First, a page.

Hello, hello. Are you having a good week? I hope you are. I am having a hectic week again, I say that every week, don’t I? It’s hectic all the time at the moment. I started off the week sending off the parcels for the Bushfire Relief Auction, the destash I did recently. I still have a couple of those parcels that I need to send out, that I’m still sorting out addresses and things for. Also, this week my goal is to send off all the knit-along prizes. Everybody was super fast getting their addresses back to me, so that was awesome, and so I’m going to work on that later today. Parceling everything up, filling out all the customs forms, and hopefully, getting them to the post office probably tomorrow, if I spend today packaging. There was 15 prizes for the knit-along winners, we did a big Prize-a Palooza all at once, last week. In previous years, I’ve been a bit more sort of spaced out with them throughout the year as each passion or each knit-along comes to an end.

But last year it was so crazy with me being, that I just did them all at once. So yeah. So as I announced recently, we are rolling straight into The Handmade Sock Society number 3, and just as a bit of a heads up, this episode is going to be basically all about socks. So if you’re not a sock knitter and have no interest in sock-knitting, this might not be the episode for you. So we’re starting Season 3 of the Sock Society. So the theme for the season is “Atmosphere” and pre-sales for the collection opened yesterday on Ravelry, it is only going to be available on Ravelry at this stage because it provides such a great delivery mechanism for the patterns. So once you sign up, I can just add the patterns to the collection and you’ll receive them each month. The collection is currently available at a really big discount, early Bird price, and it will be at an early Bird price until the 24th of February, because the first pattern will be released on Tuesday, the 25th of February. So that’s in just over a week’s time.

As always, I’m really excited about this collection. If you’ve enjoyed previous seasons of The Handmade Sock Society, I think you’ll like this one too. I haven’t tried to do anything dramatically different this season. It’s a relatively similar I would say, the socks are top-down and are written in my percentage checklist style. So they’re all written out in full, as well as charts wherever necessary, and I’m looking forward to those of you who love knitting socks to join us.

So the other exciting thing that happened this week is that I received in the post, my designer copy of 52 Weeks of Socks by Laine. Also, my sample of my snippet socks that are in the book, and we have been seeing sneak peaks of the book on Instagram, and it’s just so thrilling to have this book in my hands now. It is absolutely beautiful. It’s as you can imagine with 52 sock patterns, it’s a solid book. I would describe it almost as a coffee table book, they have a beautiful linen cover, which is very tactile and a gorgeous belly band around it. I learnt that term when I was looking into printing patterns at one stage. So it’s where you have the paper wrapped around a thin strip of the cover. So they have a gorgeous photo on that, and then when I opened it up, there’s a little detail shot of my snippet socks on the inside of the front of the belly band. So that was kind of nice to see.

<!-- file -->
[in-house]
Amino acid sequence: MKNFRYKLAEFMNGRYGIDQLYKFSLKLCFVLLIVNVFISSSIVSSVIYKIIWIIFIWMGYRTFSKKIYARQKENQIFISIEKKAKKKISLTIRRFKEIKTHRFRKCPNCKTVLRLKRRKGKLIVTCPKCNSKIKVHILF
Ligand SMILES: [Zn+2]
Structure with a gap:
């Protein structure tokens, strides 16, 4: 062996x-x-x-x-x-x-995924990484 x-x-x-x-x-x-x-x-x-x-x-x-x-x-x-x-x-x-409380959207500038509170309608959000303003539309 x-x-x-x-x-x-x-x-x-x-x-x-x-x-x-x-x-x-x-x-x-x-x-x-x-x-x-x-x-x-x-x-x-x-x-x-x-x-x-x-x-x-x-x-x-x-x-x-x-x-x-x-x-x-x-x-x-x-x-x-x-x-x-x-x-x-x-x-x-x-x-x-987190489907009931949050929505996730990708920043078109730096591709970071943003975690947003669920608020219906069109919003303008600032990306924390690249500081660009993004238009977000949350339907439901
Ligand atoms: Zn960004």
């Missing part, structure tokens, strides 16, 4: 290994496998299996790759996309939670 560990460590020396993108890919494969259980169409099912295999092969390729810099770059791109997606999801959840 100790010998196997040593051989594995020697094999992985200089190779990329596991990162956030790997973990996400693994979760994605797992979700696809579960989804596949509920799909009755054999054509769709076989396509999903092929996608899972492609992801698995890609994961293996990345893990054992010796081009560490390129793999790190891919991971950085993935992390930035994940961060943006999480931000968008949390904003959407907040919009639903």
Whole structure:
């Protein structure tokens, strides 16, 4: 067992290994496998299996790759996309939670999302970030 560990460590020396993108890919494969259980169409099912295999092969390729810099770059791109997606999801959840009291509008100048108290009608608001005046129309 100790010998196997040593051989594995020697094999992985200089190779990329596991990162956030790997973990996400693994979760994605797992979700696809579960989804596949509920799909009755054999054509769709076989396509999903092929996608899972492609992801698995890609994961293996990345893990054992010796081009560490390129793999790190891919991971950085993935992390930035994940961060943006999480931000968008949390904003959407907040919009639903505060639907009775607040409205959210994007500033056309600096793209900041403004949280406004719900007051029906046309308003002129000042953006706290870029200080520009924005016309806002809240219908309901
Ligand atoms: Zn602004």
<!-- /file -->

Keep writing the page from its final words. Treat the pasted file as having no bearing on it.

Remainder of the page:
On the back, the inside is a beautiful shot of foliage grasses and it’s just gorgeous. I love little beautiful details like that, that says “52 Weeks of Socks is a unique look into modern international sock- knitting. The designers behind the 52 pairs come from all corners of the world. They’ve used different yarns and techniques in their designs that are either intuitive and relaxing to knit or more challenging. This beautiful book is a future classic that you will return to again and again.” I think that’s absolutely right.

So I have a design in this book obviously, and it’s called Snippet Socks. When Yana and Cindy contacted me to do a design for the book, of course, I was very happy to. My pattern is towards the end of the book, number 45, and I called the socks Snippet. When I started thinking about them, I thought I would do a little bit of a spin-off or connection with my Fragment Socks that were in issue four, of Laine Magazine. And Fragment Socks have been really popular, and when I designed Fragment, I was thinking about patchwork. I was making a patchwork quilt, and I, yeah, I was just thinking about the shapes that are often found in patchwork quilt.

So that’s where Fragment came from. Then, so snippet, I really liked those diagonal shapes and Fragment, and so I, yeah, I just kind of worked from that point when I was thinking about the design. I was quite influenced by the Japanese stitch dictionary, and I was smiling as I was looking through the patterns, because I think a lot of the designers in the book were also influenced by that stitch dictionary. It’s been really popular at the moment, and it’s, I think really influencing a lot of designs that we’re seeing coming out. The aesthetic for that is a lot of twisted stitches and a lot of combining different lace patterns in columns, and I can see that through a lot of the designs in the book. So I do think or wonder if other designers have been enjoying that inspiration as much as I have. I’ve actually been really inspired by that particular book.

So for the yarn, for this design, I used Cashmere Sock, by The Wool Barn, and that is 80% super wash extra-fine merino, 10% cashmere and 10% nylon. The colorway is Walnut. I absolutely love that base, and I really love this color. I think Maya from the Wool Barn is just so talented, and whenever I use her yarn for a design, it just photographs so beautifully. I don’t know what it is about her dyes, but the light really reflects off them, and then also the colors show up beautifully as well. So I am absolutely thrilled with the photos for the socks that are included in the book, they’re just gorgeous, absolutely gorgeous, love everything about the styling. They’ve included these socks in some of the detailed shots throughout the book, and I just couldn’t be happier.